By Zachary Keck, Special to CNN
Editor's note: Zachary Keck is managing editor of The Diplomat and a monthly columnist at The National Interest. You can follow him @ZacharyKeck. The views expressed are his own.
As the July 20 deadline for a deal over Iran's nuclear program approaches, it seems increasingly unlikely that Tehran and the P5+1 will reach a comprehensive agreement. Indeed, Iran has already signaled its willingness to extend the talks for another six months as outlined in the interim agreement, and President Barack Obama should therefore begin to prepare Congress for this reality as soon as possible. The U.S. has too much to lose by rejecting this offer. And fortunately for the administration, the case for extending the talks is an easy one to make.
To begin with, the U.S. has nothing to lose by agreeing to an extension. Despite the unconvincing arguments of its critics, the interim accord heavily favored the U.S. and its allies. Under the agreement, Iran agreed to freeze its nuclear program, as well as rollback its most dangerous elements. Equally important, Tehran agreed to intrusive inspections to demonstrate its compliance with the agreement.
In return, Iran received roughly $7 billion in sanctions relief spread across the six month period. At the same time, the P5+1 refused to lift the sanctions regime, which costs Iran an estimated $5 billion per month. Iran therefore continues to lose billions of dollars every month the negotiations drag on. All this means that even if extending the talks doesn't result in a comprehensive agreement, it will still freeze Iran's nuclear program and continue to squeeze it economically.
By contrast, refusing to extend the talks would allow Iran to restart its nuclear program immediately, likely at an accelerated pace, while also empowering Iran on the world stage by isolating the U.S. from most of the international community. This would be a major win for Iran. In fact, it may even be the goal of some within the Iranian leadership. When President Hassan Rouhani led Iran's nuclear negotiating team in 2003-2005, Tehran entered into talks with the EU+3 (France, Britain, and Germany). According to Rouhani's spokesperson at the time, Iran hoped these talks would divide the U.S. and Europe on the nuclear issue, thereby reducing the pressure Iran faced.
Similarly, Iran's rejection of the Obama administration's fuel-swap proposal in 2009 is what created an international environment that made imposing the current sanctions possible. Refusing Iran's offer to extend the talks would jeopardize these sanctions. China and Russia, meanwhile, have already signaled they will strengthen economic ties with Iran if the U.S. undermines the negotiations, an example that would likely quickly be followed by rising powers like India, South Africa and Turkey, and possibly even U.S. allies like Japan and South Korea, all of whom have significant interests in Iran.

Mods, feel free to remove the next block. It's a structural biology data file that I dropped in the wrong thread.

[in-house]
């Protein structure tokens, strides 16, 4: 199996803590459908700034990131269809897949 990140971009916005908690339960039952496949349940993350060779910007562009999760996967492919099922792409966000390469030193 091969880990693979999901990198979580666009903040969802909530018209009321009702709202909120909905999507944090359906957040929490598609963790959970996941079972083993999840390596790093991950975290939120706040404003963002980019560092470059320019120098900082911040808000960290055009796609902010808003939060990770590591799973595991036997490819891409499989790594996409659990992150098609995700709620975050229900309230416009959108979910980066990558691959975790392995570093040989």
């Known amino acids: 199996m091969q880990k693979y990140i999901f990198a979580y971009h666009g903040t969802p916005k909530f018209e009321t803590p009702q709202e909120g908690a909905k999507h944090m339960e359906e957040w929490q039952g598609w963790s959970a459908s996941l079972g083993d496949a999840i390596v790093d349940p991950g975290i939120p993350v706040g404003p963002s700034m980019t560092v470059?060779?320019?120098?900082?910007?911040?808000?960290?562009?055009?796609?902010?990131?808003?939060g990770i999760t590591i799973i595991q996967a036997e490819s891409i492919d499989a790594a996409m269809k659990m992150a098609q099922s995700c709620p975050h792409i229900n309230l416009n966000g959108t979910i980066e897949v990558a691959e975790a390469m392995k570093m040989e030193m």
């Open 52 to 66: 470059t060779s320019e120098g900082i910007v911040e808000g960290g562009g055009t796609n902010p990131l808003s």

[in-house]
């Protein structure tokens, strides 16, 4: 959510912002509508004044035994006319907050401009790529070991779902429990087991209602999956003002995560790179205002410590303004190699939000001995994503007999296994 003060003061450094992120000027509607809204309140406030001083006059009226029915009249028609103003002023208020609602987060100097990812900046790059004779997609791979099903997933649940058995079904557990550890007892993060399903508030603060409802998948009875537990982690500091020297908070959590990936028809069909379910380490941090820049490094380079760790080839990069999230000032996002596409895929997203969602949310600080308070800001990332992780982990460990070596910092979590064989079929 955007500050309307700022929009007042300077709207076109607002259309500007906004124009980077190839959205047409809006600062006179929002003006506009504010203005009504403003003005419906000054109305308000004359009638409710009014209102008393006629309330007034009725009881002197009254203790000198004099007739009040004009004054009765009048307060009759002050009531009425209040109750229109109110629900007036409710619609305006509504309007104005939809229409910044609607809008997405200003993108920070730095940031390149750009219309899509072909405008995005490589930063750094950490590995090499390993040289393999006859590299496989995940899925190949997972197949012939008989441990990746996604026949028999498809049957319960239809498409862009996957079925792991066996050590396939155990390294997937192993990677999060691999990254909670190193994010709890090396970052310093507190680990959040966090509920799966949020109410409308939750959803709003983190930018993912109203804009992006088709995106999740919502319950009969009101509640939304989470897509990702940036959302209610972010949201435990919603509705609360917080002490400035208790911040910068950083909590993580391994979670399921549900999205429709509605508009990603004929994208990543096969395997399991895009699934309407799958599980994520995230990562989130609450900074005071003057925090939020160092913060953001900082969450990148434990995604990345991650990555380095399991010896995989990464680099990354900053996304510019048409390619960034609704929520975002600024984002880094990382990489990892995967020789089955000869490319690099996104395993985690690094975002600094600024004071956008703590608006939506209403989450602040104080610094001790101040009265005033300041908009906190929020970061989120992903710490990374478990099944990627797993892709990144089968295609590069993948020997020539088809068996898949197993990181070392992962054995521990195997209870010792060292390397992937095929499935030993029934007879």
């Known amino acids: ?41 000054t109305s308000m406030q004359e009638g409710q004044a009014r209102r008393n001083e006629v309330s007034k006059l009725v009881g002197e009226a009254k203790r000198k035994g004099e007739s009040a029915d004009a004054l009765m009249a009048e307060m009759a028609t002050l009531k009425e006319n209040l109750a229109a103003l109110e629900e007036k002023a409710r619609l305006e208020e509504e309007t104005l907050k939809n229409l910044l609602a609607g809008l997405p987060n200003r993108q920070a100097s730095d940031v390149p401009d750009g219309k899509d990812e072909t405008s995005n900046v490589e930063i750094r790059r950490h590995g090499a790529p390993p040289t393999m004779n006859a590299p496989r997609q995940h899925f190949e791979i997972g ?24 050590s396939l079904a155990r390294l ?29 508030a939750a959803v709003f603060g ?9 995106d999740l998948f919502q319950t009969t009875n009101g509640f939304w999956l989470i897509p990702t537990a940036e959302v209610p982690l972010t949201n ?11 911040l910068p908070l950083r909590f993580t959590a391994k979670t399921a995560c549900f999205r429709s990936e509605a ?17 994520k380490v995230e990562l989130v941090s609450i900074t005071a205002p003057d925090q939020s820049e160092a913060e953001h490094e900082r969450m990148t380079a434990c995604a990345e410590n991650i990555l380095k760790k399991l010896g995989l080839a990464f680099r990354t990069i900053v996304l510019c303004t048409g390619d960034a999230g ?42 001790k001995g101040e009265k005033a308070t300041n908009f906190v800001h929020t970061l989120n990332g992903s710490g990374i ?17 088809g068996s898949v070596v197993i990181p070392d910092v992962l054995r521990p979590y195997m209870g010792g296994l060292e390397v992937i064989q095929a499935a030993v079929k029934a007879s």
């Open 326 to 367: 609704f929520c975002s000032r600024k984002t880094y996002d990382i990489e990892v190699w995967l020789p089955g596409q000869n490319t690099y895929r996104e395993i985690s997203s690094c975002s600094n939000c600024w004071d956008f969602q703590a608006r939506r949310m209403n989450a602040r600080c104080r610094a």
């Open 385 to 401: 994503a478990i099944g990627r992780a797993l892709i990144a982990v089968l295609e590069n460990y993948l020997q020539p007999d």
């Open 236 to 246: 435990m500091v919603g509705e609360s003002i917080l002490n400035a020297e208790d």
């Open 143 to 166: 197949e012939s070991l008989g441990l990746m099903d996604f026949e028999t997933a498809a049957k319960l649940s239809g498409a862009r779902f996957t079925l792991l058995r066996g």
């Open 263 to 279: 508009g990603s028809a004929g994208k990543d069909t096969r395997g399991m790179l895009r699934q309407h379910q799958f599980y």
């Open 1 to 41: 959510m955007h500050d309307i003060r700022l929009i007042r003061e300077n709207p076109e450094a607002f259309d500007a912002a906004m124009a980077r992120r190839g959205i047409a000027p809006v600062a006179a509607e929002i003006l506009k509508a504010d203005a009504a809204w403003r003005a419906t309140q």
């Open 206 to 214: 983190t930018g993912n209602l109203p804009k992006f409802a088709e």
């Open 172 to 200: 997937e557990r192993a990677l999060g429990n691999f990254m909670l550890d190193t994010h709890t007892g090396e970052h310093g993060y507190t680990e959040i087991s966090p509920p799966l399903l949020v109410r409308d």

Most importantly, though, America's refusal to extend the talks would no doubt prompt important European countries with strong interests in Iran, such as Italy and Germany, to push the EU to remove their own sanctions. Thus, ending the talks would allow Iran to resume its nuclear program even as it reduced the economic pressure it faces.
Rejecting an extension would also empower Iran's hardliners domestically. The current Rouhani administration has based much of its pitch for public support on the outcome of the nuclear talks. While Iranian Supreme Leader Ali Khamenei has cautiously backed Rouhani's diplomacy, he has distanced himself from the outcome of talks. With this in mind, America's refusal to even extend the talks would validate the hardliners' argument that the U.S. wants to prolong the nuclear crisis in order to justify continued sanctions. The Supreme Leader would have no choice but to back these hardliners, giving them the political capital necessary to accelerate the nuclear program, as well as harden Iran's position on other crucial issues like Syria.
But perhaps most important, the U.S. should extend the talks because a comprehensive agreement is still possible, and remains the best option for preventing a nuclear-armed Iran. Trying to solve the decade-long nuclear crisis in six months was always an overly ambitious goal. As such, failure to meet this deadline in no way proves Iran's insincerity.
The Syrian chemical weapons deal is instructive. That agreement also set an overly ambitious timeline for removing all of Syria's chemical weapons. But although plenty of deadlines were missed, Syria ultimately relinquished all of its declared chemical weapon stockpiles. This is far more than U.S. airstrikes could've hoped to accomplish. Even Israel Prime Minister Benjamin Netanyahu praised the Syrian agreement as "one ray of light in a very dark region."
The same possibilities exist for Iran's nuclear program if the talks are extended. But even if a comprehensive agreement isn't reached, continuing the negotiations would still benefit the U.S. and its allies. Ending them prematurely serve only Iran's interests.